We ‘Go Phish’ with Andy Harris, CTO, Osirium
Andy Harris CTO at Osirium

We ‘Go Phish’ with Andy Harris, CTO, Osirium

We ‘Go Phish’ with Andy Harris, CTO, Osirium, who tells us about life inside and outside the office.

What would you describe as your most memorable achievement in the cybersecurity industry?

The industry will remember the invention of the MIMESweeper series of products – MAILSweeper, WEBSweeper etc. Personally, there were more challenging inventions and solutions, some of the principles of the Osirium PxM platform are particularly elegant.

What first made you think of a career in cybersecurity?

It was 1987 – the experience of a war dialler looking for modems at the CEGB.  War diallers used to call numbers in sequence to see if they were auto-answered.

If they were answered, the software would check for open sessions and if no session was found they would send an <enter> to see if the login prompt was recognised and from there test well known passwords.

At the time, I worked in a R&D department that developed power station software. The consequences of a breach were clearly unthinkable.

What style of management philosophy do you employ with your current position?

We have a very good team of developers. It often transpires that more than one person holds what they believe to be the correct solution. I see these moments as vital, since one is making a grey decision where there are multiple routes forward.

In these instances, it is the people with the ideas and views that are in the best position to choose the best route. I’m in a privileged position to be around these arguments. My contribution is to ensure that people are arguing about the ideas and not the personalities. I sometime think of it as herding lions – particularly with good people.

Management philosophy changes with conditions and situations. I hold a belief that teams need to change their practices as the number of customers increases.

For example, your development team has a lot of freedom before the first customer but once the first customer starts using a product, the team has a responsibility. This changes again with the second customer because they will be different to the first.

Once a product has five customers, common issues start to emerge. At 10 customers one of the developers will gravitate towards support. At 20, a dedicated support person is needed and at 50 a small team.

Ideas are very easy, implementations are difficult. I wince inside when I’m introduced to an ‘ideas person’. I’d prefer to be meeting the doing person.

There’s also friction to adding features as the customer numbers grow. A good team will try to see into the future in order to deliver an architecture that can adapt.

There will always be features that fight each other and features that you’d like to lose but the customer base won’t allow it.

Most of my experience is in the 0 to 1,000 customer range for significant security software. The MIMESweeper range exceeded 20,000 customers before I moved on. Things will be different for those developing consumer apps.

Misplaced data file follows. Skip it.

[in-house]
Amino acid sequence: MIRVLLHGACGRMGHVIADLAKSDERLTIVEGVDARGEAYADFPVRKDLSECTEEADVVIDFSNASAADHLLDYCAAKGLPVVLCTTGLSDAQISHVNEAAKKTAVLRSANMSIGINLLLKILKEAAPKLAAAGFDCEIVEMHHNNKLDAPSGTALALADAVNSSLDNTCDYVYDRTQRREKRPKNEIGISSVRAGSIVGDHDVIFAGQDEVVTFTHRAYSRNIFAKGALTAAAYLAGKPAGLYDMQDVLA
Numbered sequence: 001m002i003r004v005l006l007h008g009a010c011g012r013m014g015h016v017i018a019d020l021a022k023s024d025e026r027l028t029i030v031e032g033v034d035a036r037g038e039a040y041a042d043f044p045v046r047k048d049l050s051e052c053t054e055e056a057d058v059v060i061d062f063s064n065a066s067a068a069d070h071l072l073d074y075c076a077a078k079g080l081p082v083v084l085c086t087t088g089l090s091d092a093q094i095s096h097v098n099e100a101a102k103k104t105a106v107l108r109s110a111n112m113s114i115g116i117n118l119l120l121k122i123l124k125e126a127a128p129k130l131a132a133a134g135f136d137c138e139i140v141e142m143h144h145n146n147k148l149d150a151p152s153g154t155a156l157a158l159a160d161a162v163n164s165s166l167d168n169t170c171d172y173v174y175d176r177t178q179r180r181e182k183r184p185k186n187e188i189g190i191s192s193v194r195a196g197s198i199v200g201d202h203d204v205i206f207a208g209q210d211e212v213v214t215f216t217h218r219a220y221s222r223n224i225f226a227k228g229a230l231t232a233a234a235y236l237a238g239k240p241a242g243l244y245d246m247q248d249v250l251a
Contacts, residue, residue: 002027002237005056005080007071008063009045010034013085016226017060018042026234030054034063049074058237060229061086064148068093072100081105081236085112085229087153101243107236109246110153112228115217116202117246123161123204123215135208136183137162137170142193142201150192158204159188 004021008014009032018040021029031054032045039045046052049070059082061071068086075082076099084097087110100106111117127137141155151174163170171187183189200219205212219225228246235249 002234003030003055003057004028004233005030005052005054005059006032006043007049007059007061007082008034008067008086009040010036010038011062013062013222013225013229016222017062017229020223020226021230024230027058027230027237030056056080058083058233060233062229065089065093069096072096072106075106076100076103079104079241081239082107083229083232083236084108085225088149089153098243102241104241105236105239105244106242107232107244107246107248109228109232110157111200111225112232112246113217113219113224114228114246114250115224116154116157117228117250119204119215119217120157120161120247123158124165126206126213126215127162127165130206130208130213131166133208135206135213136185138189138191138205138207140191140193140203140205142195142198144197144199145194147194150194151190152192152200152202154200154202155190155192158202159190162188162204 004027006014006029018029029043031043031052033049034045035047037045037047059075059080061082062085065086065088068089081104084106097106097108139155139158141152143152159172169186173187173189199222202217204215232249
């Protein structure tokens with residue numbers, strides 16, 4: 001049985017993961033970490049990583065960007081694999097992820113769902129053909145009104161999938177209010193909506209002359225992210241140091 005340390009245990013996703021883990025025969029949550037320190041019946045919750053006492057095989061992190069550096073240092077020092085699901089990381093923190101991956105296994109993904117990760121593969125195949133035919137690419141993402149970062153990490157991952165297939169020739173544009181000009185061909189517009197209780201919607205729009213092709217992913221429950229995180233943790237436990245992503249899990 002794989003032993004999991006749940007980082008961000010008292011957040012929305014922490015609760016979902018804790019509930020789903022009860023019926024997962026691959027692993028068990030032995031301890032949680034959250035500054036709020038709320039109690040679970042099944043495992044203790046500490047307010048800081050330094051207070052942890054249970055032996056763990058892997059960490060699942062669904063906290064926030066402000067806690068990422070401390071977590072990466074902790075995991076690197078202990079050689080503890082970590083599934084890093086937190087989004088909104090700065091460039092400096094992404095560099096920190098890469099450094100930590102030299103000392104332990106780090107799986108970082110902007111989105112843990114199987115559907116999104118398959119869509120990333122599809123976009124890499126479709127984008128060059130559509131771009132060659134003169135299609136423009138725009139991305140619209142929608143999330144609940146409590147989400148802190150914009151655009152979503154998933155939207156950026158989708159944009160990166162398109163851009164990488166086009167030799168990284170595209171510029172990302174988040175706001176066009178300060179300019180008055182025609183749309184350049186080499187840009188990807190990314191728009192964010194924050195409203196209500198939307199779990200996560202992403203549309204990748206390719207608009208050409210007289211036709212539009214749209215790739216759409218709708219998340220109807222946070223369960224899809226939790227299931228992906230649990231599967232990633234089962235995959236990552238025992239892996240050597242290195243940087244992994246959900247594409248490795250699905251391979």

What do you think is the current hot cybersecurity talking point?

My biggest concern is the view that things are a case of ‘when’ and not ‘if’.

It represents a state of despair amongst the security professionals in the customer base.

IT is growing in complexity and the Internet provides too many public interfaces. This trend is increasing with an ever-growing shortage of security professionals. Thirty years ago, there was a deep respect for credentials – not that we had that many to worry about.

Today the human cognitive load of too many credentials is driving breaches, even in the DevOps community. Witness the recent ransoms for accounts on GitHub, GitLab and BitBucket.

How do you deal with stress and unwind outside the office?

Make stuff, code stuff, laser cutting, CNC and 3D printing. There is always something to learn.

What do you currently identify as the major areas of investment in the cybersecurity industry?

It seems that people have bought into the idea that monitoring is a priority. It is easier to make a monitoring product than a prevention product. Forewarned is forearmed is a useful philosophy, but I believe this comes after defence in depth.

Are there any differences in the way cybersecurity challenges need to be tackled in the different regions? (Middle East, Africa, Europe, Americas.)

The main difference is the degree of trust in staff, which in turn affects the degree in which organisations are worried about insider attacks. There is also a difference where organisations have outsourced much of their IT. In these cases, the security posture is dictated by the outsourcers. This can be good, since experience counts, or bad in that any change is a significant cost – more than the cost of the solution.

What changes to your job role have you seen in the last year and how do you see these developing in the next 12 months?

Recruitment and remote working are closely tied. In order to get the best people, we need to offer remote working. But this means we need the network bandwidth and tools like Zoom and Owl to get as close as possible to the nuances of being part of a face to face meeting. We pay more attention to the onboarding process. Working on Slack is good and getting better.

What advice would you offer somebody aspiring to obtain C-level position in the security industry?

The quickest way is to start your own company. It could cost you a lot if you fail, but that experience will teach you about how managers feel about sales/marketing and all the non-tech sides of the business.

A safer route is to start at a large company and switch to a senior position in a smaller company and be prepared for the culture shock. Never engage in office politics – learn how to spot it happening and how to put the brakes on.

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